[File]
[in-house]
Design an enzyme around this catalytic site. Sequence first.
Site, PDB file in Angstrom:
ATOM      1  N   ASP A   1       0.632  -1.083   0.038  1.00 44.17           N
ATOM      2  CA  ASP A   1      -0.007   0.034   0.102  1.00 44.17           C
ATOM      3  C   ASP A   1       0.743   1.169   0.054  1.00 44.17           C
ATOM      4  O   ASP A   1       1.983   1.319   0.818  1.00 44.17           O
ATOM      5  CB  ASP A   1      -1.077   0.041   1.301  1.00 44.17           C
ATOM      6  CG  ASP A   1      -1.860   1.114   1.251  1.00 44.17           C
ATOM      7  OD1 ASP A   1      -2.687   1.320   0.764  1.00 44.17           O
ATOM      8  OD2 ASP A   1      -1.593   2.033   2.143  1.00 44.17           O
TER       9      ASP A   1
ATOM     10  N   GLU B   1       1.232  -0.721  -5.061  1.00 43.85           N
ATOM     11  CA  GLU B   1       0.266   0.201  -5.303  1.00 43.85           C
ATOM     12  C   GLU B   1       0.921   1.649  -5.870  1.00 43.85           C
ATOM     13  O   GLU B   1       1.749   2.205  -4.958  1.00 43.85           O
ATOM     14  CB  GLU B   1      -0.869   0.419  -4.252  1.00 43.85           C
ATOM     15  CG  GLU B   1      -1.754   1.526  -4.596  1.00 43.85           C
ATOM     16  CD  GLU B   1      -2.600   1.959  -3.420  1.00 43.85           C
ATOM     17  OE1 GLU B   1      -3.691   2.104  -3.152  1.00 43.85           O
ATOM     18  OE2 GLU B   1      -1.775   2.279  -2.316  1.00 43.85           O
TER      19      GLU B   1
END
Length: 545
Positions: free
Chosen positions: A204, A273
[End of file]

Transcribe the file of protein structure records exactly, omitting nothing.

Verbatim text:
[in-house]
Design an enzyme around this catalytic site. Sequence first.
Site, PDB file in Angstrom:
ATOM      1  N   ASP A   1       0.632  -1.083   0.038  1.00 44.17           N
ATOM      2  CA  ASP A   1      -0.007   0.034   0.102  1.00 44.17           C
ATOM      3  C   ASP A   1       0.743   1.169   0.054  1.00 44.17           C
ATOM      4  O   ASP A   1       1.983   1.319   0.818  1.00 44.17           O
ATOM      5  CB  ASP A   1      -1.077   0.041   1.301  1.00 44.17           C
ATOM      6  CG  ASP A   1      -1.860   1.114   1.251  1.00 44.17           C
ATOM      7  OD1 ASP A   1      -2.687   1.320   0.764  1.00 44.17           O
ATOM      8  OD2 ASP A   1      -1.593   2.033   2.143  1.00 44.17           O
TER       9      ASP A   1
ATOM     10  N   GLU B   1       1.232  -0.721  -5.061  1.00 43.85           N
ATOM     11  CA  GLU B   1       0.266   0.201  -5.303  1.00 43.85           C
ATOM     12  C   GLU B   1       0.921   1.649  -5.870  1.00 43.85           C
ATOM     13  O   GLU B   1       1.749   2.205  -4.958  1.00 43.85           O
ATOM     14  CB  GLU B   1      -0.869   0.419  -4.252  1.00 43.85           C
ATOM     15  CG  GLU B   1      -1.754   1.526  -4.596  1.00 43.85           C
ATOM     16  CD  GLU B   1      -2.600   1.959  -3.420  1.00 43.85           C
ATOM     17  OE1 GLU B   1      -3.691   2.104  -3.152  1.00 43.85           O
ATOM     18  OE2 GLU B   1      -1.775   2.279  -2.316  1.00 43.85           O
TER      19      GLU B   1
END
Length: 545
Positions: free
Chosen positions: A204, A273